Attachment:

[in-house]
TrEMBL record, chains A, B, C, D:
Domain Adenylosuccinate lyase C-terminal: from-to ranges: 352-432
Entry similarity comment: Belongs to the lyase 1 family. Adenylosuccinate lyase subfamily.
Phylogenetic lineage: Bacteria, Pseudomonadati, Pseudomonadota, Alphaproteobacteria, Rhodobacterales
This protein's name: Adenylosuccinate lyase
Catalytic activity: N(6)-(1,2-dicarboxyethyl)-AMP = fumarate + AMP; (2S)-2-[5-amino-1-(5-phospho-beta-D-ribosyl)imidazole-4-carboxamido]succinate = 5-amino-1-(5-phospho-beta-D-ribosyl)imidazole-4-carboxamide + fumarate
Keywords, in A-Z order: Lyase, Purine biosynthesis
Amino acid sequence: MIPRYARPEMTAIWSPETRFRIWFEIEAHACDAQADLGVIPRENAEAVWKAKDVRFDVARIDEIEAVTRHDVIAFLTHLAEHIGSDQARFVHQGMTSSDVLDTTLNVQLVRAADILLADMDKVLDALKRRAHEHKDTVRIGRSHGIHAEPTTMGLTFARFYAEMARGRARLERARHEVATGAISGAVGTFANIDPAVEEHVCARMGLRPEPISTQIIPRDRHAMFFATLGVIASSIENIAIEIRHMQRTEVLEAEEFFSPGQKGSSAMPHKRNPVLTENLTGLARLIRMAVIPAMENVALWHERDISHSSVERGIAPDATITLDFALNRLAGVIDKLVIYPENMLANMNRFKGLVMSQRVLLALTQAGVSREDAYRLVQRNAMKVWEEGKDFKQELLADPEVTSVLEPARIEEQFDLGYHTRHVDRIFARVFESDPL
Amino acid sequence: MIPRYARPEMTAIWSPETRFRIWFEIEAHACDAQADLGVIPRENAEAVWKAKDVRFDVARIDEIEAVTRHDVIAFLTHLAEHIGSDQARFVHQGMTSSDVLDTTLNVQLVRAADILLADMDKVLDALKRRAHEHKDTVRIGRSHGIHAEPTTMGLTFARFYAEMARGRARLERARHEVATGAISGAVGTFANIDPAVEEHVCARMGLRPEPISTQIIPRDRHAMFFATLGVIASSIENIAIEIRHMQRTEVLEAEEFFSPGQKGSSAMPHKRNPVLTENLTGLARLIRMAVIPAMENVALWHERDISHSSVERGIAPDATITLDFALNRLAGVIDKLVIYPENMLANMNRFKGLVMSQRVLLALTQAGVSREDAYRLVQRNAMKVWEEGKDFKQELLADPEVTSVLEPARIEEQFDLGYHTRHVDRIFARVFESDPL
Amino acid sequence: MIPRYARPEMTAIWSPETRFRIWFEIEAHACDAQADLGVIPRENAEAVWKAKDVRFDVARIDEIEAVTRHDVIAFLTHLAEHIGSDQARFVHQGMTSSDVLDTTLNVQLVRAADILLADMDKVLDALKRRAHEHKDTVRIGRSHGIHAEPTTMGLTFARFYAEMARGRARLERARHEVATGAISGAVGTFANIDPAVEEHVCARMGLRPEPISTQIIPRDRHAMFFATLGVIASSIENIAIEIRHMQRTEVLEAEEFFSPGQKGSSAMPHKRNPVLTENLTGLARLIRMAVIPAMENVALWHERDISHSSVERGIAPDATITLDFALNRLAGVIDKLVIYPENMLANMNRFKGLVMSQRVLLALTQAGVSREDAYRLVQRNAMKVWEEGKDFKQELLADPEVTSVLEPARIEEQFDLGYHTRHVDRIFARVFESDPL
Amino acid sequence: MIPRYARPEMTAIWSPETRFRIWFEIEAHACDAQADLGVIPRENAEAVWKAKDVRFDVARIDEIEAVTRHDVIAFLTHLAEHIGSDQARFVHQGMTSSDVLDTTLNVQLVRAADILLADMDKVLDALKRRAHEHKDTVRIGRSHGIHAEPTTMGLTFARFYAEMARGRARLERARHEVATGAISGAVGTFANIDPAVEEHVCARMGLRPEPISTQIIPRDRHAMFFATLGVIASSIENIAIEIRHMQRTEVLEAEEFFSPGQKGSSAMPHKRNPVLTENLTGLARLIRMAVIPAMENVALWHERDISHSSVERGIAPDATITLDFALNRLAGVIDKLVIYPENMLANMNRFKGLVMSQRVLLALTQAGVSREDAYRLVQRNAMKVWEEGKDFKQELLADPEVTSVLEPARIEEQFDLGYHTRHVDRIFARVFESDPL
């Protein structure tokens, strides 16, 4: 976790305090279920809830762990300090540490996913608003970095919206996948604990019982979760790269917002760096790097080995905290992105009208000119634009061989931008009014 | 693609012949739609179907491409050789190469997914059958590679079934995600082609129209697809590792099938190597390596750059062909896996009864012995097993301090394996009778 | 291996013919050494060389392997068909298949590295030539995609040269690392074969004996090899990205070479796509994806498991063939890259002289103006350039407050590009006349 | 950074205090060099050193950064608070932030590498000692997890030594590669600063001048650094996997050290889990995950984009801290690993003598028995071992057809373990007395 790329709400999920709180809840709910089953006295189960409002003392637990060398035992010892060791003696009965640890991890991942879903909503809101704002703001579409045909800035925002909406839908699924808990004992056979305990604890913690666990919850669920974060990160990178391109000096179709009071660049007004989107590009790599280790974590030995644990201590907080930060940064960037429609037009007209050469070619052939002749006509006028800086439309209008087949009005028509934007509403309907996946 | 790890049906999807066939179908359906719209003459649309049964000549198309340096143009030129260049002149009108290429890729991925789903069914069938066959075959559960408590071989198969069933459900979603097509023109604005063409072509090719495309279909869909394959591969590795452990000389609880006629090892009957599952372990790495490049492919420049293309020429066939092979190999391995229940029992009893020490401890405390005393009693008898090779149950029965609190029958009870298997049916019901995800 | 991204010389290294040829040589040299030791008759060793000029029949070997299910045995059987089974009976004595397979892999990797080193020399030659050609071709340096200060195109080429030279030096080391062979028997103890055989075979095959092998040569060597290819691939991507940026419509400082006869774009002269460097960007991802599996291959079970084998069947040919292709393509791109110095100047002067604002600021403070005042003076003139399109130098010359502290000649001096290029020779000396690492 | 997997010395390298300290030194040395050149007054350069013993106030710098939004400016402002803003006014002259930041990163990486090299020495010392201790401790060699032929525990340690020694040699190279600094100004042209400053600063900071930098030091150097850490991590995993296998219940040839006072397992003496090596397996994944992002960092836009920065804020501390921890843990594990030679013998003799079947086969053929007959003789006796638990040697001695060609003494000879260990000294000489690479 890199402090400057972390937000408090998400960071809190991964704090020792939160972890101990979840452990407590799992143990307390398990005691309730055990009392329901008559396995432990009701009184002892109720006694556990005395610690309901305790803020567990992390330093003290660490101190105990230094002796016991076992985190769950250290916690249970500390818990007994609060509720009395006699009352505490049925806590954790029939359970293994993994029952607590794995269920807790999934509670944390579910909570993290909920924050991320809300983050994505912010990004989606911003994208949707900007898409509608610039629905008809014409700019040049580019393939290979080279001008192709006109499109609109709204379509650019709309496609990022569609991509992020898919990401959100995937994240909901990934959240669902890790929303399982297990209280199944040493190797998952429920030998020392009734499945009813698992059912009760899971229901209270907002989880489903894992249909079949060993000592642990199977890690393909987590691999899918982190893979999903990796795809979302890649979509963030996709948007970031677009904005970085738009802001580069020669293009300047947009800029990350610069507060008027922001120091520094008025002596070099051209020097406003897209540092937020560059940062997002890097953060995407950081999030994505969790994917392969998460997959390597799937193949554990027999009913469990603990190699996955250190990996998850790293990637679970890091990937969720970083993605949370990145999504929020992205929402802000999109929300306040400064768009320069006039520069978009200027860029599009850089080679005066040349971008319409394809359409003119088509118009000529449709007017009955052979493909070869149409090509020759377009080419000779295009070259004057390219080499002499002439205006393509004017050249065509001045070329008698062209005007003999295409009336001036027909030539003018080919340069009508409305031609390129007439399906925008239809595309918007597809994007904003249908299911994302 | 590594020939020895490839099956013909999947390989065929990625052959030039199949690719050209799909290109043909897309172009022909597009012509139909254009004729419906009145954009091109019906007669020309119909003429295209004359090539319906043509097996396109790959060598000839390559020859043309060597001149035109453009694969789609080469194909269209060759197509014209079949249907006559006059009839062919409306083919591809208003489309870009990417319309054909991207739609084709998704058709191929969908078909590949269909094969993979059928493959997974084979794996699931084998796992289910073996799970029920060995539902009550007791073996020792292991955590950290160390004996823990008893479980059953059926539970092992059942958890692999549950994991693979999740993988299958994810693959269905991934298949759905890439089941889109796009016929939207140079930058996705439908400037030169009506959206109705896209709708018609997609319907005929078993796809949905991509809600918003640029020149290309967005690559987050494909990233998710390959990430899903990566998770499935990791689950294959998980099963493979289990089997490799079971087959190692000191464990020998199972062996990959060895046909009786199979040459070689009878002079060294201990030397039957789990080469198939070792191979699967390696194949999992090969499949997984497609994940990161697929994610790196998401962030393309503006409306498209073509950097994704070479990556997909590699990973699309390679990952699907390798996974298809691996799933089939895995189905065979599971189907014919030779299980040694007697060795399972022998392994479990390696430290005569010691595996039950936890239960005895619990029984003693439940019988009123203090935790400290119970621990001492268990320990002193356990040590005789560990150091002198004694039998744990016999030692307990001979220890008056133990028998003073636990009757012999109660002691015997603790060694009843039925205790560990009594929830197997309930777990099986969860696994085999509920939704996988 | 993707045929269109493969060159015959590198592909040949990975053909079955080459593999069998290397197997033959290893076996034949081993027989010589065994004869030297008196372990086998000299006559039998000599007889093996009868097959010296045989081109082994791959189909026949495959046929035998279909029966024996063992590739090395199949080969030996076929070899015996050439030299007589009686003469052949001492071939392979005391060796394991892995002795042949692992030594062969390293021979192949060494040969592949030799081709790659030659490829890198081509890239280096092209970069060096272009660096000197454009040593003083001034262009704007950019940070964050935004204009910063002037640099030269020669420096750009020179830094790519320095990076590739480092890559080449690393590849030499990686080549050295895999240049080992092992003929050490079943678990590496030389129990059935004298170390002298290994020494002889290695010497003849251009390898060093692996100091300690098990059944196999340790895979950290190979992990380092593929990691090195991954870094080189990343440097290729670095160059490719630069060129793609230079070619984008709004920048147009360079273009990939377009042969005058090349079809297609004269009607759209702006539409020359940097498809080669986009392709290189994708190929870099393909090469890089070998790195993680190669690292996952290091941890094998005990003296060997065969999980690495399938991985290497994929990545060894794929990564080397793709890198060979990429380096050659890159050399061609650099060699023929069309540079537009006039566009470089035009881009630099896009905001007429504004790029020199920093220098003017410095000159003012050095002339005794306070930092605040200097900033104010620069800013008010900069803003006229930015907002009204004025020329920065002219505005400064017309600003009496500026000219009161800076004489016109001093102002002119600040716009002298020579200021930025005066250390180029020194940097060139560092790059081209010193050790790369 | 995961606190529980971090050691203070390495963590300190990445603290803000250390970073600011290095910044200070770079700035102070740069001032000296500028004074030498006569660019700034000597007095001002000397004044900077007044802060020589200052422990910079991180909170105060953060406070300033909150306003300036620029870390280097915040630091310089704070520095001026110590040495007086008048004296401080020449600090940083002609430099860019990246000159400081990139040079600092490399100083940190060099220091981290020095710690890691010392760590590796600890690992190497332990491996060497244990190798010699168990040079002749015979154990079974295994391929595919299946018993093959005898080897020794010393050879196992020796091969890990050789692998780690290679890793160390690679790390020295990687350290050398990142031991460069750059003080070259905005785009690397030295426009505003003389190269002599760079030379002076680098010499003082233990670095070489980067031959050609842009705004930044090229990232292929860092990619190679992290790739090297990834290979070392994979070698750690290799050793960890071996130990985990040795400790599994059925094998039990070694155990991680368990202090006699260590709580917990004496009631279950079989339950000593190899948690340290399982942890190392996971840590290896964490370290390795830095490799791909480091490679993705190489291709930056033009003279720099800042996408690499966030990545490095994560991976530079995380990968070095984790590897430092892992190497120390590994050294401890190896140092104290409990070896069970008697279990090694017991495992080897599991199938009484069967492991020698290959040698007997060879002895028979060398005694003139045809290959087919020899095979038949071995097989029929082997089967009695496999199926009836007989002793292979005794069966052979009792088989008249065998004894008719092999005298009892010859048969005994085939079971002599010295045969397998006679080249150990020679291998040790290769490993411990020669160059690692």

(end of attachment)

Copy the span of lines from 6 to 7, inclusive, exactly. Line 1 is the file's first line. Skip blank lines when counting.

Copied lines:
This protein's name: Adenylosuccinate lyase
Catalytic activity: N(6)-(1,2-dicarboxyethyl)-AMP = fumarate + AMP; (2S)-2-[5-amino-1-(5-phospho-beta-D-ribosyl)imidazole-4-carboxamido]succinate = 5-amino-1-(5-phospho-beta-D-ribosyl)imidazole-4-carboxamide + fumarate